Originally, mitochondria were separate from other cells. At some point, one-and- a-half to two billion years ago, a cell engulfed an evolutionary precursor to a mitochondrion. But instead of digesting the mitochondrion, the two living entities formed a symbiotic relationship. The host cell would provide nutrients and a safe place for the mitochondrion to exist, and the mitochondrion would perform the dangerous process of cellular respiration, giving the host a more useable form of energy. The result was so evolutionarily fundamental that this symbiotic relationship preceded the occurrence of multicellular organisms. All plants, animals and fungi are endowed with mitochondria.
This theory of how two different self-organized living systems began to collaborate symbiotically is supported by the fact that mitochondria have retained their own genome that is separate from the host cell’s DNA. Mitochondria and the host cell replicate independently; they also have separate cellular membranes. Two other organelles are thought to have developed in a similar way: the chloroplast, which enables photosynthesis in plants, and the nucleus, which holds the cellular DNA and acts as a kind of coordinator of the cell.
Mitochondrial diseases can be caused by inherited mutations in mitochondrial DNA or defects in the nuclear genes that encode proteins that regulate mitochondrial division and DNA replication. Mitochondrial disorders can also develop due to the adverse effects of drugs, infections, environmental toxins or unhealthy lifestyle habits. Mitochondrial diseases are most severe when the defective mitochondria are present in muscle, brain or nerve tissue, as these cells require more energy.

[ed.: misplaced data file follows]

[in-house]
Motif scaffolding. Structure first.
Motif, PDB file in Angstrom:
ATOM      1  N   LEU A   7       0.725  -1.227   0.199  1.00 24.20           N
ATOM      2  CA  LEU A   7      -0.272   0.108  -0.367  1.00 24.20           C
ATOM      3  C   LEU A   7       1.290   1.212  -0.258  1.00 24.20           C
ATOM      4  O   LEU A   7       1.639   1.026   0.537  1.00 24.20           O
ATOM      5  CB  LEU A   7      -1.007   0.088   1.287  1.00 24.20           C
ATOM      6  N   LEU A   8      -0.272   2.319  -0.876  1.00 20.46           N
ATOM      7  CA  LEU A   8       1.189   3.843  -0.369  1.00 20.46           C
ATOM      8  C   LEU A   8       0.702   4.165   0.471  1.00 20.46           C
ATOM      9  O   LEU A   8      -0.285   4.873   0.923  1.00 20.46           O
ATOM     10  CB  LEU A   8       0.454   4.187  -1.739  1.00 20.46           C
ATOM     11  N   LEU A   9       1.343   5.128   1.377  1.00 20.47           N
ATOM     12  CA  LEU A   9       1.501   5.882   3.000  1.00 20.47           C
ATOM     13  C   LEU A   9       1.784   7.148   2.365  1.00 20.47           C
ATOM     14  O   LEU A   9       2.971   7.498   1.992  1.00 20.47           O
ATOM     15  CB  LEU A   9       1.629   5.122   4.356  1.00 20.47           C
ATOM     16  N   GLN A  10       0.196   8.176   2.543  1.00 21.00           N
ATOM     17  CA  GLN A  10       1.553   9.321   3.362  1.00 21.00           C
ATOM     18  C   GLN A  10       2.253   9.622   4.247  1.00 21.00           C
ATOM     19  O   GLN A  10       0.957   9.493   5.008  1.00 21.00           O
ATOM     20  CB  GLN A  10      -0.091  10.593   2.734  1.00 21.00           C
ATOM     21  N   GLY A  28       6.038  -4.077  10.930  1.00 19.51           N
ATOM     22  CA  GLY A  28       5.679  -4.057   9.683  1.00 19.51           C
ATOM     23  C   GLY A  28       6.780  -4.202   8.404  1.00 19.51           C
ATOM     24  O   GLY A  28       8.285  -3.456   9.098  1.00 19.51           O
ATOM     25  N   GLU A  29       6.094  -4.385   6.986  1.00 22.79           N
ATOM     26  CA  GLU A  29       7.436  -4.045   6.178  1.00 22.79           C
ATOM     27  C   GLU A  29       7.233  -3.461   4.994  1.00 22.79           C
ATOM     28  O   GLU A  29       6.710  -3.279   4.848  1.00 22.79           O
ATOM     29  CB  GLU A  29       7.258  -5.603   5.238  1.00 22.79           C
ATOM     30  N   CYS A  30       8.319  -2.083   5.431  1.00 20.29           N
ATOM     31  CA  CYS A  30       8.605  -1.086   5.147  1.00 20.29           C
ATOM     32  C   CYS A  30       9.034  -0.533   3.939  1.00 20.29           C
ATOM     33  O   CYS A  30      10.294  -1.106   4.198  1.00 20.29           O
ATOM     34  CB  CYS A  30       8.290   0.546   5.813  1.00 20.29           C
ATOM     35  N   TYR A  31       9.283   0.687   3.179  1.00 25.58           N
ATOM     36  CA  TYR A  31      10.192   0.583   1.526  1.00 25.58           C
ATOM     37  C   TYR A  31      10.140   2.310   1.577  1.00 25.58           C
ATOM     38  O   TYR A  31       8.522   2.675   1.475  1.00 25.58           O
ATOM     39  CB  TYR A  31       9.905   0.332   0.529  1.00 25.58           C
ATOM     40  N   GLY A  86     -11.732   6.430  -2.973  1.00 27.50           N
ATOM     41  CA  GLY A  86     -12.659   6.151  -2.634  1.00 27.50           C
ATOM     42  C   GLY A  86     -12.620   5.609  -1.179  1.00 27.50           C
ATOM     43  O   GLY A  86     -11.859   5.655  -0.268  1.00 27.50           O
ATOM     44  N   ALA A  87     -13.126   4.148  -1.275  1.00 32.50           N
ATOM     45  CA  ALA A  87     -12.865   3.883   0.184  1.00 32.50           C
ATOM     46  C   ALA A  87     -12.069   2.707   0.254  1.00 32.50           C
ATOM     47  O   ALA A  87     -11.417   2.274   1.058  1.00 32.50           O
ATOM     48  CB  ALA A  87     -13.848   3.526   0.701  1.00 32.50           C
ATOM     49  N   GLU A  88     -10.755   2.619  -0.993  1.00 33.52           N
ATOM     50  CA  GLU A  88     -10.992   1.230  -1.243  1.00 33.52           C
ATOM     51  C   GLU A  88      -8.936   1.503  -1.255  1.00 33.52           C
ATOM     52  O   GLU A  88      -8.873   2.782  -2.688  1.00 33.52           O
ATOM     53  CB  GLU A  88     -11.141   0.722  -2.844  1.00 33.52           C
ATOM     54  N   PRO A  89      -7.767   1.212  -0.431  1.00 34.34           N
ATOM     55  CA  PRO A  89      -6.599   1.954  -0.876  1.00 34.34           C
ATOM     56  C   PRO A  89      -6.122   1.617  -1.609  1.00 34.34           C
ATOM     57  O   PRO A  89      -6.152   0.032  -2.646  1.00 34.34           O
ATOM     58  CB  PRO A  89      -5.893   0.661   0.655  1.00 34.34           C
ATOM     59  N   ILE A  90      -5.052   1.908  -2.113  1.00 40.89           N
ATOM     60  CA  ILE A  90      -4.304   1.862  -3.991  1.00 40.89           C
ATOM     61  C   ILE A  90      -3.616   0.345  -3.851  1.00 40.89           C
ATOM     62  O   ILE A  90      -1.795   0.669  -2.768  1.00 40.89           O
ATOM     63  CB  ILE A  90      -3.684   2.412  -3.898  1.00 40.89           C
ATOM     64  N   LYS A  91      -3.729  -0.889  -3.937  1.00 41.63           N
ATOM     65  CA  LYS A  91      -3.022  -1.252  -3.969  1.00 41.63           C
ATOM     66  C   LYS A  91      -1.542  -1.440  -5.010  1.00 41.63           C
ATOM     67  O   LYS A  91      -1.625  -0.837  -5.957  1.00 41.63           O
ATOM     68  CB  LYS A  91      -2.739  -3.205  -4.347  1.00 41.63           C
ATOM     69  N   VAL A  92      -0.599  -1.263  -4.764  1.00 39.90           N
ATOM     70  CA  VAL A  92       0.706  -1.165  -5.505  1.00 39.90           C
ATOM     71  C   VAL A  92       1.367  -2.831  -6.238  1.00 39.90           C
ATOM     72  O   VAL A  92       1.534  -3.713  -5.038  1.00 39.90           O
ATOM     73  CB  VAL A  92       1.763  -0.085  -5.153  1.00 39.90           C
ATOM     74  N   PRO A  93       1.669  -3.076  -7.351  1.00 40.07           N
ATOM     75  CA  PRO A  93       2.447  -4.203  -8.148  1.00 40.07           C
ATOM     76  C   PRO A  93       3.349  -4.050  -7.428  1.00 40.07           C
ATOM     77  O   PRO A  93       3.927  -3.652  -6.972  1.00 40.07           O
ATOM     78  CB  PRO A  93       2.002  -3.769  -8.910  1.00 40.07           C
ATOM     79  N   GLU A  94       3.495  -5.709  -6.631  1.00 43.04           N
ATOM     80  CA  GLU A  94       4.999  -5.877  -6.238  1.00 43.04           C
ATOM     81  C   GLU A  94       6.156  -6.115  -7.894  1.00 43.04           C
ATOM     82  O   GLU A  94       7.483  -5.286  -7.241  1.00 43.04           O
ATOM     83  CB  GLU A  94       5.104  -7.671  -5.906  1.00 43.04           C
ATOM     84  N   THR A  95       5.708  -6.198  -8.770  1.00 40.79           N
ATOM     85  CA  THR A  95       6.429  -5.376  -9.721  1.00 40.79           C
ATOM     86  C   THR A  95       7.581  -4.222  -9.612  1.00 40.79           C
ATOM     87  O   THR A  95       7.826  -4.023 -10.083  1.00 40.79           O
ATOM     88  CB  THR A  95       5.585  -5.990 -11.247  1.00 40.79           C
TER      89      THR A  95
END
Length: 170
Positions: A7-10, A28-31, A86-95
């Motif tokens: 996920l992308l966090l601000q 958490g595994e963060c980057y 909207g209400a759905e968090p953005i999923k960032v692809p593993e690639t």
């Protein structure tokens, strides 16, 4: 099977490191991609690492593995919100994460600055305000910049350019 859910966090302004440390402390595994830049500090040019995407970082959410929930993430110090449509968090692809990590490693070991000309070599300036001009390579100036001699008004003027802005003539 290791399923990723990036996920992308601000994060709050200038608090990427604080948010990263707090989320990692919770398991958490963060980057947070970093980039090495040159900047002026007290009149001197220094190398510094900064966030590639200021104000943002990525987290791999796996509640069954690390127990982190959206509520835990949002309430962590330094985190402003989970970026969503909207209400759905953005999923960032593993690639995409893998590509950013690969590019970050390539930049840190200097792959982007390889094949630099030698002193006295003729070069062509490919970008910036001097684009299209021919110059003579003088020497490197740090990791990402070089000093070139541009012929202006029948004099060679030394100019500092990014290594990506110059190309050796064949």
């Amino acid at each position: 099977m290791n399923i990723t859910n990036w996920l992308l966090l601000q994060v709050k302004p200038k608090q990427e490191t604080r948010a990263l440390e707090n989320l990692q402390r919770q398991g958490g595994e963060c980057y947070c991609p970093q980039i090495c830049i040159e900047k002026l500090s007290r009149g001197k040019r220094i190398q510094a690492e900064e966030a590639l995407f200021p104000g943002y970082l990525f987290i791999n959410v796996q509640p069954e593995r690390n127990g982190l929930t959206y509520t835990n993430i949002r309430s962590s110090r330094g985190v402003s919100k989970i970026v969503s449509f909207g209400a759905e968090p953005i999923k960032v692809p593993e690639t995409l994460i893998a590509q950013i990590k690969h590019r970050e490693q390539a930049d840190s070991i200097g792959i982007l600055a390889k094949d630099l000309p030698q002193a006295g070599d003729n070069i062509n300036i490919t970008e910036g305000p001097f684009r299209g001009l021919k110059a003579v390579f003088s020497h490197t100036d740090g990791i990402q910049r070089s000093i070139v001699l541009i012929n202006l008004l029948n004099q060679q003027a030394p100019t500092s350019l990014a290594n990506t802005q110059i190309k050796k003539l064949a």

Free Radicals & Phytocannabinoids
Although mitochondria allow energy to be accessed at a measured pace in relatively small quantities, the process of cellular respiration, whereby cells extract energy from nutrients, still can be damaging. High-energy electrons offload their energy in a multitude of complicated steps until the lower-energy electron is finally released onto an oxygen molecule. Ideally, the oxygen molecule will interact with hydrogen and form water, which is very stable.
But sometimes the ionized oxygen, called superoxide, can escape, resulting in oxidative stress. Similarly, other unstable molecules like peroxide and hydrogen peroxide can form and escape. These unstable, renegade molecules are called reactive oxygen species (ROS) or free radicals. Free radicals cause damage by interacting with DNA, cell membranes, proteins, or other organelles.
By effectively neutralizing free radicals and mitigating oxidative stress, antioxidants confer a broad range of therapeutic benefits. CBD is a potent antioxidant, according to the U.S. government, which filed a patent on the antioxidant and neuroprotective properties of cannabinoids based on research from 1998.
Autophagy & Apoptosis